Justice Department Reaches Settlement Agreements to Address Unconstitutional Youth Arrest and Probation Practices in Meridian, Mississippi
The Justice Department announced today that, jointly with the state of Mississippi and city of Meridian, Mississippi, it has reached settlement agreements to prevent and address unconstitutional youth arrests and probation practices by the Meridian Police Department and the Mississippi Division of Youth Services, and submitted them to the court for approval.
In 2012, the department filed a lawsuit against the city of Meridian, the state of Mississippi, the Lauderdale County, Mississippi, Youth Court and the Youth Court Judges, alleging systematic violations of youths’ due process rights, in the matter of United States v. City of Meridian, et al. If approved by the U.S. District Court in Jackson, Mississippi, the proposed agreements will resolve the department’s claims against the city of Meridian and state of Mississippi. The agreements incorporate and build on reforms the city and state began during the United States’ investigation and subsequent litigation.
The department’s allegations that defendants Lauderdale County and the Lauderdale County Youth Court Judges failed to provide basic due process protections for children have not been resolved, and remain in litigation.
The agreement with the city of Meridian addresses the Meridian Police Department’s prior practice of arresting students referred by the school district without assessing whether there was sufficient probable cause to justify the arrest. The settlement agreement prohibits the city police department from arresting youth for behavior that is appropriately addressed as a school discipline issue, and requires documented probable cause determinations for any youth arrested for criminal offenses. The agreement also requires the city police department to uphold constitutional protections following a youth’s arrest, mandating Miranda warnings as soon as a youth reasonably believes he or she is not free to leave and prohibiting officers from interviewing detained youth unless a guardian or attorney is present.
The agreement with the state of Mississippi addresses the department’s claims of unconstitutional youth probation practices by the Mississippi Division of Youth Services. The settlement agreement requires state probation officers to implement measures to protect youths’ privilege against self-incrimination, including providing youths with age-appropriate explanations of their rights and the probationary process. The agreement also includes requirements for the contracts that establish the restrictions and rules that youth on probation must comply with. These contracts must be written in terms that are easily understandable to youths and that prevent arbitrary and discriminatory enforcement, and include a clear explanation of the youth’s rights. The agreement prohibits probation officers from recommending incarcerating youths for violations of their probation contracts that would not otherwise amount to detainable offenses, unless and until all other reasonable alternatives to incarceration have been exhausted.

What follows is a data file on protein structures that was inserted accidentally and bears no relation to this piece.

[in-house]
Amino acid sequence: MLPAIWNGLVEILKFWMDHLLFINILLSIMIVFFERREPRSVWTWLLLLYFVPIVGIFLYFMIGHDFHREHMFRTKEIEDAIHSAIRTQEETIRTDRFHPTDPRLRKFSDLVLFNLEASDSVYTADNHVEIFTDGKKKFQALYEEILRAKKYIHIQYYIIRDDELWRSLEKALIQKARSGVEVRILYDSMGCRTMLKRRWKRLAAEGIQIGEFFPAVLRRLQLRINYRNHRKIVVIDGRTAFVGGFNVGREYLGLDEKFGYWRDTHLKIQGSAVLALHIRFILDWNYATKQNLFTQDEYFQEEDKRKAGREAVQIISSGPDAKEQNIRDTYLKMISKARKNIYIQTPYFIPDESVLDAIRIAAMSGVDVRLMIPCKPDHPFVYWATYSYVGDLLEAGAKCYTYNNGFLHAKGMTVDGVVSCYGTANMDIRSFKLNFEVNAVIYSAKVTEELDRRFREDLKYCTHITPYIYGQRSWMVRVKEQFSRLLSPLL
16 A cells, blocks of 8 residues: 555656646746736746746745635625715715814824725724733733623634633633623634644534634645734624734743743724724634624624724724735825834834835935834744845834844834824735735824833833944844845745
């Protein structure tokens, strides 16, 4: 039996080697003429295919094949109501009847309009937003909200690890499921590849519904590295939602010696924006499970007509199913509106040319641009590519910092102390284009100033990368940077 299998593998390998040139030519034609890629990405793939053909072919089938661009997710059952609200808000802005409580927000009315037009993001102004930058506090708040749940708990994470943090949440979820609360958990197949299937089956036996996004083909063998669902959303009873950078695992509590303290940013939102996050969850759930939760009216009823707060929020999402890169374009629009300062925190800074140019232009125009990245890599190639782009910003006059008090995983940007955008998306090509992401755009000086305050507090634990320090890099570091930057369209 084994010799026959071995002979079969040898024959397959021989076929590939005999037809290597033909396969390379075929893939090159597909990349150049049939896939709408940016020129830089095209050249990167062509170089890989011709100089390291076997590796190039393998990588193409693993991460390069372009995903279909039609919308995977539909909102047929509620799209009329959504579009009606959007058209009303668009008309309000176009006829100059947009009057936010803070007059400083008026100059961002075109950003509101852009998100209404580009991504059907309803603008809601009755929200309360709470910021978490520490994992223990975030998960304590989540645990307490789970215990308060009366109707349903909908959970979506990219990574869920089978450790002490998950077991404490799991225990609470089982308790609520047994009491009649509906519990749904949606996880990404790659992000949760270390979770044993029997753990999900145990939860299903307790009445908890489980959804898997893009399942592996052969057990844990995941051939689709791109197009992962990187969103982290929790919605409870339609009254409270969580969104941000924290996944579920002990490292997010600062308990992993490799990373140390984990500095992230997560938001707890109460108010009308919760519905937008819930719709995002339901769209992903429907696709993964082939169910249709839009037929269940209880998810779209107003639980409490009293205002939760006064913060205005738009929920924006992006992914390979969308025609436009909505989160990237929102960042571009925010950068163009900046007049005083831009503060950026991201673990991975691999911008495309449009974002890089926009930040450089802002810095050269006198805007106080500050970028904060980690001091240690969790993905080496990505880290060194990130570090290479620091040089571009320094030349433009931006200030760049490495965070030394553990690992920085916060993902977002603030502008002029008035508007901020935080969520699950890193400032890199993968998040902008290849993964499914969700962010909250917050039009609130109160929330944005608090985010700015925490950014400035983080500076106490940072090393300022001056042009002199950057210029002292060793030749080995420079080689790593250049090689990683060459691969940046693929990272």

“We commend the city of Meridian and the state of Mississippi’s Department of Human Services and Division of Youth Services for taking these important steps toward ensuring that school disciplinary issues are not inappropriately criminalized, ” said Principal Deputy Assistant Attorney General Vanita Gupta of the Civil Rights Division. “Going forward, the Department of Justice expects to work with Meridian and the state of Mississippi to ensure that children’s constitutional rights are protected in police and probation practices.”
“These agreements will help protect the children of Meridian from deprivations of educational opportunity as well as due process,” said U.S. Attorney Gregory K. Davis of the Southern District of Mississippi.
Each agreement will be monitored by an independent auditor who will report publicly to the federal court.
Under the agreements, the city and state will work with the United States and independent auditors to establish community input programs. These programs shall include semiannual open meetings, to be held in a publicly-accessible location, where the state and city will inform the public about progress in implementing the agreements and address community concerns related to the substantive areas covered by the agreements.
These agreements also build on reforms that the department’s Educational Opportunities Section obtained in a 2013 settlement with the Meridian Public School District to address school discipline claims in a long-standing desegregation case. To see the consent order, visit http://www.justice.gov/crt/about/edu/documents/classlist.php#race.
The department filed this complaint under the Violent Crime Control and Law Enforcement Act of 1994, which gives the department the authority to seek a remedy for a pattern or practice of conduct that violates the constitutional or federal statutory rights of youths in the administration of juvenile justice. Additional information about the Civil Rights Division is available on its website at www.justice.gov/crt.
The Justice Department will be hosting a telephonic community conference call open to members of the public on Monday, June 22, 2015, at 6:30 p.m., CDT. The purpose of this call is to provide community members with information about the investigation and complaint. To participate in the call, dial the following toll-free number: 877-675-0879. When prompted by the operator, provide your name and the pass code: 4611051.